Lewis Hamilton warns Mercedes not to ‘mess up’ after solid Friday practice

Lewis Hamilton warns Mercedes not to 'mess up' after solid Friday practice

Lewis Hamilton has warned his Mercedes team not to ‘mess up’ with many setup changes at the Japanese Grand Prix following a solid Friday practice.

Seven-time Formula 1 champion Lewis Hamilton has warned Mercedes against making too many changes that could ruin his Japanese Grand Prix weekend following his ‘best session’ with the W15 car at Suzuka.

Hamilton has endured the worst start to a season ever in his final campaign as a Mercedes driver before joining Ferrari in 2025, placing no better than seventh in the first three races this year.

At the last race in Australia, Hamilton’s inconsistent start to the season got to a new low when his engine failed after only 15 laps. He admitted over the Melbourne weekend that he was “the least confident” he had ever been in the Mercedes following his elimination from the second qualifying round.

However, Hamilton enjoyed a solid start in the Japanese Grand Prix after finishing the opening Friday session in fifth place and only half a second behind the leader, Max Verstappen. Although the bad weather hampered FP2 running, the Brit was nevertheless in high spirits.

After the second practice, Hamilton said the W15 is in a better position in Japan and he asked Mercedes not to tweak the setup excessively as he believed it could “mess up” his weekend.

“It was a great session, it was a really good session for us,” the 39-year-old said. “It was the best session that we’ve had this year, it’s the best the car has felt this year so far. So far, pretty positive.

“I was really excited because this is a circuit that every driver loves to drive. In the last couple of years, we’ve had a really difficult car and a difficult balance to drive here.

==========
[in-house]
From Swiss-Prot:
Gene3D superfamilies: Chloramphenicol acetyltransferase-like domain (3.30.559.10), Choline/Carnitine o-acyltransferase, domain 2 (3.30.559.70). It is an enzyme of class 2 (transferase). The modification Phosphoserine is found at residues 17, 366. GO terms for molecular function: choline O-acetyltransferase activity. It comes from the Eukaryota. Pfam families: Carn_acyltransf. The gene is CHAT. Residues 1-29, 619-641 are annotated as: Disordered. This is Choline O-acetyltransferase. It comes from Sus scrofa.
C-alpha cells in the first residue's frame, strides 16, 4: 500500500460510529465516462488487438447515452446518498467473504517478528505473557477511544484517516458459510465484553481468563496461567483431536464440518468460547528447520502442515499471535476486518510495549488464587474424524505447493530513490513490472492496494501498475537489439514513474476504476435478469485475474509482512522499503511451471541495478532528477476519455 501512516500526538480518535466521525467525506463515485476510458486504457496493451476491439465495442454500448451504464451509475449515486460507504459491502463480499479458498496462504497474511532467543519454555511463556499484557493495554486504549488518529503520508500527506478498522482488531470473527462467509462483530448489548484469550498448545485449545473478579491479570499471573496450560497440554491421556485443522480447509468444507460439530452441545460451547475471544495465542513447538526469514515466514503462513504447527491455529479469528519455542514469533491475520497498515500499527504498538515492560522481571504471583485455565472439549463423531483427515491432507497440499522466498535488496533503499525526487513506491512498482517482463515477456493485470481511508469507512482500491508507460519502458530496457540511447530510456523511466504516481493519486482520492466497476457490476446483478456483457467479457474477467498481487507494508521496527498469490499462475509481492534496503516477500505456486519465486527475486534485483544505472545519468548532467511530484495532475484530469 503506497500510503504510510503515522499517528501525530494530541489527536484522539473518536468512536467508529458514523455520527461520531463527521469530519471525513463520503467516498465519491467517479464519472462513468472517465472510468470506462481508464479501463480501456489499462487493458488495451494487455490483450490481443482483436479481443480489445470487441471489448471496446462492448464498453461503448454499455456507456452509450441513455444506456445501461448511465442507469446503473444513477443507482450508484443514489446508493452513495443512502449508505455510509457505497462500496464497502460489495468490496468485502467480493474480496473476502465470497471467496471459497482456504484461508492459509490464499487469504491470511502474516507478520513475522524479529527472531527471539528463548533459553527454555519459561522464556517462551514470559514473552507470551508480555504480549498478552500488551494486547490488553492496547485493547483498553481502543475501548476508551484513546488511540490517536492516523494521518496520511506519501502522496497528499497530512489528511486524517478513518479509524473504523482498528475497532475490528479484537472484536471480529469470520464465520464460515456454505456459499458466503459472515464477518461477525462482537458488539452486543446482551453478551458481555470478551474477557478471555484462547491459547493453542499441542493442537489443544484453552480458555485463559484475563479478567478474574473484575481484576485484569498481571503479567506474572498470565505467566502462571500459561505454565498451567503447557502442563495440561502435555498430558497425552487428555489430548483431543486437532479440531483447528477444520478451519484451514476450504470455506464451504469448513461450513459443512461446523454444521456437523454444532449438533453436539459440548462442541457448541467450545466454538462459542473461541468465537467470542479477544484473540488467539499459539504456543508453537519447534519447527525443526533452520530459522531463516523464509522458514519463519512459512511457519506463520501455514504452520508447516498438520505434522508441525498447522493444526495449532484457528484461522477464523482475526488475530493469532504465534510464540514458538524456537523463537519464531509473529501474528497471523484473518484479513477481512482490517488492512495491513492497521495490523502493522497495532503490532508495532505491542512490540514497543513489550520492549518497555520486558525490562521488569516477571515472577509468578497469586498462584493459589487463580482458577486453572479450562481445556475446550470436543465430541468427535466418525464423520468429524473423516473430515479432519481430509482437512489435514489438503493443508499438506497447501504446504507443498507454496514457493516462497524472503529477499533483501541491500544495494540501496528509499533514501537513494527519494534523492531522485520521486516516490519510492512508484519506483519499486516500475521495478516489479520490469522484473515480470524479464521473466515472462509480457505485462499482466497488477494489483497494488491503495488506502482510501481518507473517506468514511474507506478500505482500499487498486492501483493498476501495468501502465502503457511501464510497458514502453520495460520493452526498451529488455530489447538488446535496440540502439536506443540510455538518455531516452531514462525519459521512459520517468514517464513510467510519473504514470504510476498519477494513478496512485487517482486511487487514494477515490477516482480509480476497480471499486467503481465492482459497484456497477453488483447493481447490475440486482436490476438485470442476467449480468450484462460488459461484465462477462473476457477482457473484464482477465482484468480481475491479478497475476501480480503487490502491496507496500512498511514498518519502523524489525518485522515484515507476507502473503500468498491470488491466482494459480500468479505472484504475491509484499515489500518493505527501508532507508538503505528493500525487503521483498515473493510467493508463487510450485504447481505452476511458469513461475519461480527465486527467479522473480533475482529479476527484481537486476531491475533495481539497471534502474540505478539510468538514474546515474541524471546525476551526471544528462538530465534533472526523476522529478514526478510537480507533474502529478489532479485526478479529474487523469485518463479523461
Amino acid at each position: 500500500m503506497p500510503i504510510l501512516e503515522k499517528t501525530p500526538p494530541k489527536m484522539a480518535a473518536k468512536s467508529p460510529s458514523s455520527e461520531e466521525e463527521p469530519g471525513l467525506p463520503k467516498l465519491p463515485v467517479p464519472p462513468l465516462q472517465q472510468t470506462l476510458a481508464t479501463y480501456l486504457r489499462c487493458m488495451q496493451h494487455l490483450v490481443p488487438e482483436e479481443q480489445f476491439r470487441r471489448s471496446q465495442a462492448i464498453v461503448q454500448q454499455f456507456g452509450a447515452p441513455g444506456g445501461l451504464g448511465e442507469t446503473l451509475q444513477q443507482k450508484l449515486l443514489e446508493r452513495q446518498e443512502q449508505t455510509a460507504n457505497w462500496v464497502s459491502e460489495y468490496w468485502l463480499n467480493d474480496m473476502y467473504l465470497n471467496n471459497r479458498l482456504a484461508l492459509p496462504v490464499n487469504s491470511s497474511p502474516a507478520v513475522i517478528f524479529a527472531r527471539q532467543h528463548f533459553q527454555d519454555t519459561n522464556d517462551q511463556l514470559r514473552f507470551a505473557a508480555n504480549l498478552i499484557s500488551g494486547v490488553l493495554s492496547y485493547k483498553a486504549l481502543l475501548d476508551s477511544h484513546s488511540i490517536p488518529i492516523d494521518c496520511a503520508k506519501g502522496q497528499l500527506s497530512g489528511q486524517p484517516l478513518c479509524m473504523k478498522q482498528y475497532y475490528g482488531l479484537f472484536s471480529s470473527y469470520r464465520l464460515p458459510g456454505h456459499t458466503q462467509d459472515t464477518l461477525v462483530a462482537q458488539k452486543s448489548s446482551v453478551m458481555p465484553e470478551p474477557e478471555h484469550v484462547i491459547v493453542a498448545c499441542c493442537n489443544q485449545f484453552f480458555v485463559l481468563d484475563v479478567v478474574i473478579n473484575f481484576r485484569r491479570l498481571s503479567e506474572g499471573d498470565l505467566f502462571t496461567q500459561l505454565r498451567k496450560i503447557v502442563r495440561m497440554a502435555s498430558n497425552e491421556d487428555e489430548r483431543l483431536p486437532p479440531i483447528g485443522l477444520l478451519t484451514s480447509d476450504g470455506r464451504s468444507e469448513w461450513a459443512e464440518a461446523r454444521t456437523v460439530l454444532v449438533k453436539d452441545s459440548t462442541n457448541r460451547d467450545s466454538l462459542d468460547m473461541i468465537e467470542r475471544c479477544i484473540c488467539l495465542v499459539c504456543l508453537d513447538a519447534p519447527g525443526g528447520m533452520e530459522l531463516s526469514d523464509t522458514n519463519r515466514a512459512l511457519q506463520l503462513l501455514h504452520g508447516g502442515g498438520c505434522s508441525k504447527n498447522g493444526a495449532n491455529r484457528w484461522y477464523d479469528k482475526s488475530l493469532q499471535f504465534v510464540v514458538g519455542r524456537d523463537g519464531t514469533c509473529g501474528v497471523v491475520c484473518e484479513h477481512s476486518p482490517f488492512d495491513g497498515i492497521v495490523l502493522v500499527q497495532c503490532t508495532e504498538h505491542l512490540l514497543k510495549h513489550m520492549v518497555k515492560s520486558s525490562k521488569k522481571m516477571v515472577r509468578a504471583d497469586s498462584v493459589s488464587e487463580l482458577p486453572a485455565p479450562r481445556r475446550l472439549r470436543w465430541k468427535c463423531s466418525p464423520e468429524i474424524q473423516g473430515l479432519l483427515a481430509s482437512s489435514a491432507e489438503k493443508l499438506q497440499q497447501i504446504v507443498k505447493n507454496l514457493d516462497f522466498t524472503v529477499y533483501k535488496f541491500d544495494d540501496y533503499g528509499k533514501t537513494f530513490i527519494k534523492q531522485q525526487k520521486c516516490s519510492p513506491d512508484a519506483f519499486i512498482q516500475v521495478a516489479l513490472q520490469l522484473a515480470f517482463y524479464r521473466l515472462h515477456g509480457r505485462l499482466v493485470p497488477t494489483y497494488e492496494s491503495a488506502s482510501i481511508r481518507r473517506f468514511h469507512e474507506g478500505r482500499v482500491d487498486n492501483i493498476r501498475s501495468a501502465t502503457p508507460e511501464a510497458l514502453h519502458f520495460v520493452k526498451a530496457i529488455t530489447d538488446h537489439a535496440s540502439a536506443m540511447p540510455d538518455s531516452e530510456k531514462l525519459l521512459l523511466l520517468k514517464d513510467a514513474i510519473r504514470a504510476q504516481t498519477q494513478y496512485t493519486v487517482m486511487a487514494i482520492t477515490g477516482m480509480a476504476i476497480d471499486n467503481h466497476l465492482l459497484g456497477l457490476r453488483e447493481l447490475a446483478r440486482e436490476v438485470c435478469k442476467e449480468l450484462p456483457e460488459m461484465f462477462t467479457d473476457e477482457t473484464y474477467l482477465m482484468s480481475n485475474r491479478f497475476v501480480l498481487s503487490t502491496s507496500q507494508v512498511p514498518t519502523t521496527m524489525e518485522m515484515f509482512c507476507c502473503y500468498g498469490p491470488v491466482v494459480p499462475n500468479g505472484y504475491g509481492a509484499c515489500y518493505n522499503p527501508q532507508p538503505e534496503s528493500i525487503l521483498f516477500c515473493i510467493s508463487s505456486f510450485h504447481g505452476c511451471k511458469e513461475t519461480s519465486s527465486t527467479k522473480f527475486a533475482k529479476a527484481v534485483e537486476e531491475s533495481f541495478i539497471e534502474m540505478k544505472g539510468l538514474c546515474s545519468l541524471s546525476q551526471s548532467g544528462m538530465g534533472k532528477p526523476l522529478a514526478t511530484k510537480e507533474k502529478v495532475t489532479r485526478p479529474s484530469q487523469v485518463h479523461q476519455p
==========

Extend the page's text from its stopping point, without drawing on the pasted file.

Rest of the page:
“And given the difficult last few races we’ve had, great work has been done this past week and we just seem to have hit the ground a bit more in a sweeter spot.

“So, I haven’t really made any changes since [FP1]. I think we’ve got a better platform or baseline to start from, so as long as we don’t make too many changes and eff it up… I think probably just stay where we are and hopefully we’ll get a [good weekend].”

On the other hand, George Russell who has handled his unpredictable car better than his teammate so far this year, gave the same verdict at the end of the day.

“We definitely performed better than we expected, so that was a pleasant surprise,” he said. “The car was feeling really nice to drive, and Lewis and I were really happy with the balance.

“It has been performing better when it’s been slightly colder, but we’ve been doing a lot of test items to try and make that car a little bit more consistent when conditions are variable, so time will tell.

“FP2 was definitely a miss for everybody as we had some interesting things we wanted to try, but that’s the nature of Formula 1 sometimes.”

Notwithstanding the upsides, Russell believes it will have no bearing on Mercedes’ performance in Saturday’s qualifying.

“I think it’s going to be very challenging because it’s a clear one-lap tyre in qualifying,” he added.

“You can’t do multiple laps on the tyre. Most drivers may only have three sets for qualifying, four sets for qualifying, so you’ve got to be nailing those laps on every opportunity if you want any hope of getting to Q3 with two sets of new tyres.

“But I think you’re going to see quite high degradation, and that’s where the focus is going to be.”

A significant drop in FP2 running has been attributed to a rule change for the F1 2024 season, which eliminated the provision for teams to bring spare tyres in case a session happens to be wet. Hamilton has questioned the rationale for the rule change.

“It’s a shame we didn’t get that [FP2] session,” he said. “They have changed the tyre rule, so therefore no one goes out and drives runs on the intermediate. It just doesn’t make sense, really, but there you go.”

Leave a Reply